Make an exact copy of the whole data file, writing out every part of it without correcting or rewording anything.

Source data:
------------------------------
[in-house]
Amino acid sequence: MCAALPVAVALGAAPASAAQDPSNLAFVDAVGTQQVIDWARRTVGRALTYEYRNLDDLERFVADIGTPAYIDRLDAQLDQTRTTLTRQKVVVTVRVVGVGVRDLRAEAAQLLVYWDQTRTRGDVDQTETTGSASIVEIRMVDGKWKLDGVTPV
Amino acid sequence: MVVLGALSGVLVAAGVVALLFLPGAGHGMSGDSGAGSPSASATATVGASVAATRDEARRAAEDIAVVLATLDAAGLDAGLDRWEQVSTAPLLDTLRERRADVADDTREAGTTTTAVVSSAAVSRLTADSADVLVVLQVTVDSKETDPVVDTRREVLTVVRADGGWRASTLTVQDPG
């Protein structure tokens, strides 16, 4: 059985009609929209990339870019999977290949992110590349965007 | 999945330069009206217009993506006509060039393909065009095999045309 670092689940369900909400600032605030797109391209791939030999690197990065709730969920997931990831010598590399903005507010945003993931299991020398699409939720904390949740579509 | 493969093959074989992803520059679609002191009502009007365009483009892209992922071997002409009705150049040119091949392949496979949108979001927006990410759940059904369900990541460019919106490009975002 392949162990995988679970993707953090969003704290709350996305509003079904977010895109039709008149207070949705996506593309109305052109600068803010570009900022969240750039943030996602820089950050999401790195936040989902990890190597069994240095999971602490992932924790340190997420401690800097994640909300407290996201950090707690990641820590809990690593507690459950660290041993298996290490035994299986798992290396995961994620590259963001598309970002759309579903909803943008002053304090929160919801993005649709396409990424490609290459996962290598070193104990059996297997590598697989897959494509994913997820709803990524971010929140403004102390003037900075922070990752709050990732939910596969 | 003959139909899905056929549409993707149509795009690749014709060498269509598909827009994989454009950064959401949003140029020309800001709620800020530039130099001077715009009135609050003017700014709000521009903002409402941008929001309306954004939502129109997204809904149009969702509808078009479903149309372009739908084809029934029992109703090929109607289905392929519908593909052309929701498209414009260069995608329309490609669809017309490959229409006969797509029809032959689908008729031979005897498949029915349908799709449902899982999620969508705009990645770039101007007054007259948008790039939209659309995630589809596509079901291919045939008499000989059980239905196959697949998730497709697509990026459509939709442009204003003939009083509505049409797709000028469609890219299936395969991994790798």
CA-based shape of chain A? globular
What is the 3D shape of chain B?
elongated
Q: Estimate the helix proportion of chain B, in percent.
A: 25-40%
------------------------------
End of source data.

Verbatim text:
[in-house]
Amino acid sequence: MCAALPVAVALGAAPASAAQDPSNLAFVDAVGTQQVIDWARRTVGRALTYEYRNLDDLERFVADIGTPAYIDRLDAQLDQTRTTLTRQKVVVTVRVVGVGVRDLRAEAAQLLVYWDQTRTRGDVDQTETTGSASIVEIRMVDGKWKLDGVTPV
Amino acid sequence: MVVLGALSGVLVAAGVVALLFLPGAGHGMSGDSGAGSPSASATATVGASVAATRDEARRAAEDIAVVLATLDAAGLDAGLDRWEQVSTAPLLDTLRERRADVADDTREAGTTTTAVVSSAAVSRLTADSADVLVVLQVTVDSKETDPVVDTRREVLTVVRADGGWRASTLTVQDPG
């Protein structure tokens, strides 16, 4: 059985009609929209990339870019999977290949992110590349965007 | 999945330069009206217009993506006509060039393909065009095999045309 670092689940369900909400600032605030797109391209791939030999690197990065709730969920997931990831010598590399903005507010945003993931299991020398699409939720904390949740579509 | 493969093959074989992803520059679609002191009502009007365009483009892209992922071997002409009705150049040119091949392949496979949108979001927006990410759940059904369900990541460019919106490009975002 392949162990995988679970993707953090969003704290709350996305509003079904977010895109039709008149207070949705996506593309109305052109600068803010570009900022969240750039943030996602820089950050999401790195936040989902990890190597069994240095999971602490992932924790340190997420401690800097994640909300407290996201950090707690990641820590809990690593507690459950660290041993298996290490035994299986798992290396995961994620590259963001598309970002759309579903909803943008002053304090929160919801993005649709396409990424490609290459996962290598070193104990059996297997590598697989897959494509994913997820709803990524971010929140403004102390003037900075922070990752709050990732939910596969 | 003959139909899905056929549409993707149509795009690749014709060498269509598909827009994989454009950064959401949003140029020309800001709620800020530039130099001077715009009135609050003017700014709000521009903002409402941008929001309306954004939502129109997204809904149009969702509808078009479903149309372009739908084809029934029992109703090929109607289905392929519908593909052309929701498209414009260069995608329309490609669809017309490959229409006969797509029809032959689908008729031979005897498949029915349908799709449902899982999620969508705009990645770039101007007054007259948008790039939209659309995630589809596509079901291919045939008499000989059980239905196959697949998730497709697509990026459509939709442009204003003939009083509505049409797709000028469609890219299936395969991994790798």
CA-based shape of chain A? globular
What is the 3D shape of chain B?
elongated
Q: Estimate the helix proportion of chain B, in percent.
A: 25-40%